Officials: After Merck demolished, environmental issues will remain

Photo by Carly Farrell

Photo by Carly Farrell

ALBANY, Ga. -- After four years of trying to sell its Albany plant, Merck & Co. officials say they will demolish the facilities on Radium Springs Road, restoring it to the green space it was prior to the plant's construction nearly 60 years ago.

But state and federal officials say that Merck's challenge to restore the land where it was before it started production in 1952 will continue long after the walls come down, as investigations and environmental cleanup efforts continue on the 1,000-acre site in southern Dougherty County.

Following inquiries by The Albany Herald, the Federal Environmental Protection Agency (EPA) and the state's Environmental Protection Division of the Department of Natural Resources (EPD) have released information relating to the Merck facility site at 3517 Radium Springs Road.

According to those two agencies and Merck officials, the former chemical manufacturer is currently remediating contaminated soil and groundwater on the Merck site that was exposed to various chemicals over the company's history.

"During its many years of operation, Merck has had releases to the environment that have impacted soils and groundwater (the main constituents are toluene and methylene chloride). The investigation and some remediation that was required by the permit was ongoing prior to the facility's decision to close, and will continue after demolition," EPD Communications Director Kevin Chambers wrote in an e-mail to the Herald.

Toluene and methylene chloride -- which is more commonly referred to as Dichloromethane or DCM -- are both widely used as chemical solvents.

Chambers said Friday that a series of monitoring wells located around the facility suggest that no significant contamination exists outside of the Merck facility itself. The wells are checked annually.

Connie Wickersham, who works for Merck & Co.'s Global Communication's office, said Friday that Merck is committed to following current remediation plans even after the demolition is complete.

"We tried to sell it and had no luck so Merck has decided to demolish the facility and are committed to following through with current remediation schedule," Wickersham said.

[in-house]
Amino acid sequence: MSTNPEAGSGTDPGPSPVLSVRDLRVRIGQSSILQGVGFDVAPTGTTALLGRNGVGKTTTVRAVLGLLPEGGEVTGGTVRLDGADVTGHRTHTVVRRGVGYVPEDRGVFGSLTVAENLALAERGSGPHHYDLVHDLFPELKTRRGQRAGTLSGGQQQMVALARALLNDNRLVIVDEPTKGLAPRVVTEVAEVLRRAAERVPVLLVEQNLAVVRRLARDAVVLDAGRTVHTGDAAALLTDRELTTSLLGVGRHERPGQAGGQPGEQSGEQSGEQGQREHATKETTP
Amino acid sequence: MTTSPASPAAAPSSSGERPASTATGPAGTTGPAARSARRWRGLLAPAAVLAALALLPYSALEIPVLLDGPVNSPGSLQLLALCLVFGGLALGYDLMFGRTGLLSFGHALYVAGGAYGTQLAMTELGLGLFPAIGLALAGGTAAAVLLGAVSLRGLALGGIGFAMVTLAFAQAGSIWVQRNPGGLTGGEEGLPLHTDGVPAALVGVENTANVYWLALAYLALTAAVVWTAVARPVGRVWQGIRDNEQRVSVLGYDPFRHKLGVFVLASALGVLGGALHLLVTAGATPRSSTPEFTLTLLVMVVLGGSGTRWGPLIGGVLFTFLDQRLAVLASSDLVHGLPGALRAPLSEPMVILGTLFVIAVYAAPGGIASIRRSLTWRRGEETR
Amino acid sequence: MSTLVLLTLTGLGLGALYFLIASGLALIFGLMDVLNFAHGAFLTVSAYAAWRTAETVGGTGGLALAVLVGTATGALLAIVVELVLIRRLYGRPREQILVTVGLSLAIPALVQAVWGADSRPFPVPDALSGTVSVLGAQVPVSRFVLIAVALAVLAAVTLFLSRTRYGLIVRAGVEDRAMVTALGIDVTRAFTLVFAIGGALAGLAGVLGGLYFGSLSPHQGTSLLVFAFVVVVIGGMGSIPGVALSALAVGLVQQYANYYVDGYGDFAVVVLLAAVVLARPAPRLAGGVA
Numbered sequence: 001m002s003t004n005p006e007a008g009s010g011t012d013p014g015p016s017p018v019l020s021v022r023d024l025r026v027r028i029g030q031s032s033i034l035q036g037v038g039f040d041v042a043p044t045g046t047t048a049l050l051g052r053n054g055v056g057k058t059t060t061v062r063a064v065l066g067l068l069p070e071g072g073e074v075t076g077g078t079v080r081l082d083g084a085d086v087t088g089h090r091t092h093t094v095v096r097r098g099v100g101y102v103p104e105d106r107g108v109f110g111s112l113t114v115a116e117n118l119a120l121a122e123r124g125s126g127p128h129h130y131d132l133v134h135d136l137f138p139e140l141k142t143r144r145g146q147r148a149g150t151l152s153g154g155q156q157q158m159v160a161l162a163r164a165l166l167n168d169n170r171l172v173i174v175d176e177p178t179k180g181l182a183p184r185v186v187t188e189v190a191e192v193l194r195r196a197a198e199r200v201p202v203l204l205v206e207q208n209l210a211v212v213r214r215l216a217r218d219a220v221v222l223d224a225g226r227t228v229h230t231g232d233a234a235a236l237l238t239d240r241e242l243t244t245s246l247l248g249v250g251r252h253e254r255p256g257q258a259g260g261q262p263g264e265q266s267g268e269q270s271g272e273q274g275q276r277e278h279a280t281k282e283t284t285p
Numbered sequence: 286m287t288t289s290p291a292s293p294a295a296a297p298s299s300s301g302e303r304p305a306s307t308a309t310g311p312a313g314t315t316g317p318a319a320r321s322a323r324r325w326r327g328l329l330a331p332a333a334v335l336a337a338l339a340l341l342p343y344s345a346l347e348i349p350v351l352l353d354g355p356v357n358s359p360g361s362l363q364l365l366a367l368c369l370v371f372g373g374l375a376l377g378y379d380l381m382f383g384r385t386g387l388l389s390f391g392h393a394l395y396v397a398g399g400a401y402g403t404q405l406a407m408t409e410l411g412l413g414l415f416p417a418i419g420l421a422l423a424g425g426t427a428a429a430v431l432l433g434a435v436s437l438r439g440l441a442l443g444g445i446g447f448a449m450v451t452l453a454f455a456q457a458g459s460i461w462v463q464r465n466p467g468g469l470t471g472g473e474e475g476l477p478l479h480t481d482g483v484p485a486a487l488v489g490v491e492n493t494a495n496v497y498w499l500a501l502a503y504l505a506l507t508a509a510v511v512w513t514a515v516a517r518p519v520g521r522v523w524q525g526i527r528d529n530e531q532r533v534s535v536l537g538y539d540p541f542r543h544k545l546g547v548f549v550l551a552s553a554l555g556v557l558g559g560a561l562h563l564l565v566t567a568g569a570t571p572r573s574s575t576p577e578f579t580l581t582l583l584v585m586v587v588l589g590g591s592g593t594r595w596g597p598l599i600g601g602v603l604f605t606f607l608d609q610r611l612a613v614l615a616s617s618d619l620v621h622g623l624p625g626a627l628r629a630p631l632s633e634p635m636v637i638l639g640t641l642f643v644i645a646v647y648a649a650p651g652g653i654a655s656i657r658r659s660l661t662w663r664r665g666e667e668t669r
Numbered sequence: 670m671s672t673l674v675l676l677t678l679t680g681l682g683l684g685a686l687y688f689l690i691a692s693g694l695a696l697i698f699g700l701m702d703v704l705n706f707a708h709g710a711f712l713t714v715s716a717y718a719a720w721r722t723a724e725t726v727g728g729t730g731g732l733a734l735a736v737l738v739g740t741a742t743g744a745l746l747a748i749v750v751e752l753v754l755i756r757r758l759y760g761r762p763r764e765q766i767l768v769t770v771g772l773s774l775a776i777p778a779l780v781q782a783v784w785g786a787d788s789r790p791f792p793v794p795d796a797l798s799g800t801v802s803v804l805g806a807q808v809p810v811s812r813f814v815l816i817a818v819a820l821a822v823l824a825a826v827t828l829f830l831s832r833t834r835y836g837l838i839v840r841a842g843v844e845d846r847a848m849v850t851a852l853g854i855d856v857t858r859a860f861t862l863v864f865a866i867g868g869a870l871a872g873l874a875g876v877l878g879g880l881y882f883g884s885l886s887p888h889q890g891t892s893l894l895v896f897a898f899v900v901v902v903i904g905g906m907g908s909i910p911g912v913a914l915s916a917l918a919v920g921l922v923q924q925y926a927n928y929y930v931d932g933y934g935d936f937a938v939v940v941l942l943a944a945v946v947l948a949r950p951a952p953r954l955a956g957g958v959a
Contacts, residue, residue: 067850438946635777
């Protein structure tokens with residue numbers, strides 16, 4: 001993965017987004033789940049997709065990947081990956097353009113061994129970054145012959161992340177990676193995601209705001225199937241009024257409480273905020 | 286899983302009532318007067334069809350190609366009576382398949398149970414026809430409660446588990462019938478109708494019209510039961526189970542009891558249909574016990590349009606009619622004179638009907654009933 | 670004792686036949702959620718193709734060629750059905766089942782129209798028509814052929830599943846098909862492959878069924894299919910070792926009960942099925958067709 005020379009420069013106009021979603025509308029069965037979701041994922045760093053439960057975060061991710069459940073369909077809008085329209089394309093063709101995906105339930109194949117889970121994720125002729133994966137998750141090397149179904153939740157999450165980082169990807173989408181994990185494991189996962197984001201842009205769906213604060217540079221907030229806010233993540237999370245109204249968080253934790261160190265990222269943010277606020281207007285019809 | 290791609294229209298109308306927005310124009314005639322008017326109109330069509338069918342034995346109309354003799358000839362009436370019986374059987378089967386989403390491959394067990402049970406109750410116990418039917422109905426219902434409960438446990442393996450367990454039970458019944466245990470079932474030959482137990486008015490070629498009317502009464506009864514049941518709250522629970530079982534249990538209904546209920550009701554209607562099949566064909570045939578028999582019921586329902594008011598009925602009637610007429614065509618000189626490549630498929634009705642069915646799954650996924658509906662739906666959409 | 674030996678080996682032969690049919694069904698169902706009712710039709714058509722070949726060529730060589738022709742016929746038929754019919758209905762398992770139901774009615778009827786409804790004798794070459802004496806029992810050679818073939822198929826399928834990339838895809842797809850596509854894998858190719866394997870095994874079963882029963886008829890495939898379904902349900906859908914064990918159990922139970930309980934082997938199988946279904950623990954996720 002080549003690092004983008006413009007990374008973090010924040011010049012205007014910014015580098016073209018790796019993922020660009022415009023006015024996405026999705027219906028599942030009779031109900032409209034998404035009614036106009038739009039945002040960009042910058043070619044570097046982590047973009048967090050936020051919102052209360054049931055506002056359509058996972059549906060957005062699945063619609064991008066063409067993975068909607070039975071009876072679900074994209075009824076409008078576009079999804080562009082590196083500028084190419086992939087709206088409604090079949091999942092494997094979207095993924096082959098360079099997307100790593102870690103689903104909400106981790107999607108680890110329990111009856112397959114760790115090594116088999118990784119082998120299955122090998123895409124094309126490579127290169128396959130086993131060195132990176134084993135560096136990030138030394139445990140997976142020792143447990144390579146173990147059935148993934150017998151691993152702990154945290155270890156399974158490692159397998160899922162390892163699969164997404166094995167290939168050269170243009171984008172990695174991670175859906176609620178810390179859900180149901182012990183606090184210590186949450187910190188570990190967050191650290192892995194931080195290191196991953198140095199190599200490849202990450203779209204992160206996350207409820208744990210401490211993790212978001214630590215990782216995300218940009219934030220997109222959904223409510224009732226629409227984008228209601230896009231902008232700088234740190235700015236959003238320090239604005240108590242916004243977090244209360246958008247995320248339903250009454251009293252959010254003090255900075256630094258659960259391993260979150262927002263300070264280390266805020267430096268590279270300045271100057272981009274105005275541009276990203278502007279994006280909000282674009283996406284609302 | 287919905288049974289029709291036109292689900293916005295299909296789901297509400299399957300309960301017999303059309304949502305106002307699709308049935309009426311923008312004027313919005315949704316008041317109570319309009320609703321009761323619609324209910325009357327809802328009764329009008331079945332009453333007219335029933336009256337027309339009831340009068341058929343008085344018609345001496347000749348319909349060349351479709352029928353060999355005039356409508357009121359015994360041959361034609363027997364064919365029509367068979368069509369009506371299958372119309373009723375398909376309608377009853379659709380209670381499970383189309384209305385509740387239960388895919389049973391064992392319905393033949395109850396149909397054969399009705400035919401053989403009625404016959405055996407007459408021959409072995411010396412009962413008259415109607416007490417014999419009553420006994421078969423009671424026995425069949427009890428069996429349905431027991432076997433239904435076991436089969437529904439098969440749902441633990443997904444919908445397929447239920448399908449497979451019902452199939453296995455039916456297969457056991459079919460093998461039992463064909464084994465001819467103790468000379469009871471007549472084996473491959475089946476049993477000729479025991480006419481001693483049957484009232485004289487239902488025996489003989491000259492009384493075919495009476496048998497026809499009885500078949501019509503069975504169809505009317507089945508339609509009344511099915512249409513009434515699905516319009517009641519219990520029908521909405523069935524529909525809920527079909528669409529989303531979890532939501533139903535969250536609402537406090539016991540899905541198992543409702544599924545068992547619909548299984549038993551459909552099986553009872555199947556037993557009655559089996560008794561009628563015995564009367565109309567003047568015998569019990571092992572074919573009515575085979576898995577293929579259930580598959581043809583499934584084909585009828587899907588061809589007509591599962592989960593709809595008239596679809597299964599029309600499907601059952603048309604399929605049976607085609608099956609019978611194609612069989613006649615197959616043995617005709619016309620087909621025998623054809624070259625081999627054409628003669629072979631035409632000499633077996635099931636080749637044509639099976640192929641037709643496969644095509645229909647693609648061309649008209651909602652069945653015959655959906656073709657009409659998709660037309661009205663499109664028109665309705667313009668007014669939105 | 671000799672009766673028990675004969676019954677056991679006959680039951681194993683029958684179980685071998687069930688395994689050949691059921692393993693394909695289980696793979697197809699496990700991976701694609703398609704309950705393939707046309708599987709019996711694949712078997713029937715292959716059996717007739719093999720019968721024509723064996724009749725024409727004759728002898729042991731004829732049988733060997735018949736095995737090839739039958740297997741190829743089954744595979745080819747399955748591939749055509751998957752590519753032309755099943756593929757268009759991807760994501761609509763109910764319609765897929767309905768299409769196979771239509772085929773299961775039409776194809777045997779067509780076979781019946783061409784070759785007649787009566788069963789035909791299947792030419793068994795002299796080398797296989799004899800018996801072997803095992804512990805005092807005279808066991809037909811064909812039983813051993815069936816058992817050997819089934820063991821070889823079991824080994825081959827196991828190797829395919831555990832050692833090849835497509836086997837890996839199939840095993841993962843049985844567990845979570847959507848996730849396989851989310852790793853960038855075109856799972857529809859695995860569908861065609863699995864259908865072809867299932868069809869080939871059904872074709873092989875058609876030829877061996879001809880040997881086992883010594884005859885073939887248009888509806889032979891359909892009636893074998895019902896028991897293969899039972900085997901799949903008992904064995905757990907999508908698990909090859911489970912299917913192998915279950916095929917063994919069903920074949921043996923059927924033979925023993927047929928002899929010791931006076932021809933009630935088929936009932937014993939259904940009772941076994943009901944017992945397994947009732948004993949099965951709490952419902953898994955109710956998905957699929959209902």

Chambers said that Merck must follow certain steps when closing a plant to adhere to the company's hazardous waste permit granted by the EPD.

"As a part of plant closure, the facility is required to close the permitted units following an EPD-approved closure plan. The plan requires that, prior to demolition, the facility decontaminate the storage areas and associated structures, and take confirmation samples documenting decontamination. Additionally, the plan requires investigation of soils and groundwater for contamination in those areas. The facility is required to conduct corrective action if soil or groundwater contamination is found. They have begun closure.

"They have completed 'clean' (documenting decontamination) closure of the container storage areas, and approximately 80 percent of their tanks closure requirements are complete," he wrote.

The 700,000 square-foot facility started production in 1952 and provided jobs for area residents until it closed in 2007.

Dougherty County Commission Chairman Jeff Sinyard said that the plant's closure was a blow to Dougherty County's economic development landscape and one that is still being felt today.

"They provided a lot of jobs for the people of Dougherty County for 60 plus years and we all know how vital jobs are today," Sinyard said.

"Our hopes were that they'd be able to sell the property and that a new tenant could move-in and that some of those jobs would come back. It's sad that they weren't."

According to documents provided by the EPA, Merck largely produced or housed chemicals typically used as solvents or cleaners.

In addition to toluene and DCM, Merck had onsite chemicals ranging from ammonia and hydrosulfuric acid to methanol and ethlyne glycol -- a key component to antifreeze.

While they don't clearly state how much of any given chemical was discharged into the local ecosystem, 504,608 pounds of permitted treated chemicals were released through surface water discharges between when the plant closed in 2007 and 2001 -- the last year provided by the EPA.

Another 269,109 pounds were discharged into the air over that time period, according to the same report filed by the EPA, with 228 pounds released to land.

In total, more than 773,900 pounds of discharges were made on-site, according to the report.

Chambers said that Merck is currently in the process of remediating any groundwater contamination on-site and will begin remediation of any soil contamination in the near future.

"Treatment includes extraction of contaminated groundwater, followed by treatment to remove the hazardous constituents and discharge to the Flint River after treatment. This groundwater remediation technology has been ongoing since the mid-2000's.

Additionally, to enhance and expedite that remediation, the facility also did bio-sparging (the addition of oxygen to provide energy for the bio-breakdown of toluene) for approximately 3 years, until it had reached its remedial limitations.

"The facility has been testing the applicability of chemical in-situ treatment (injection of reagent that breakdown the contaminants) in the soils, and is expected to begin soil remediation in the near future," Chambers said.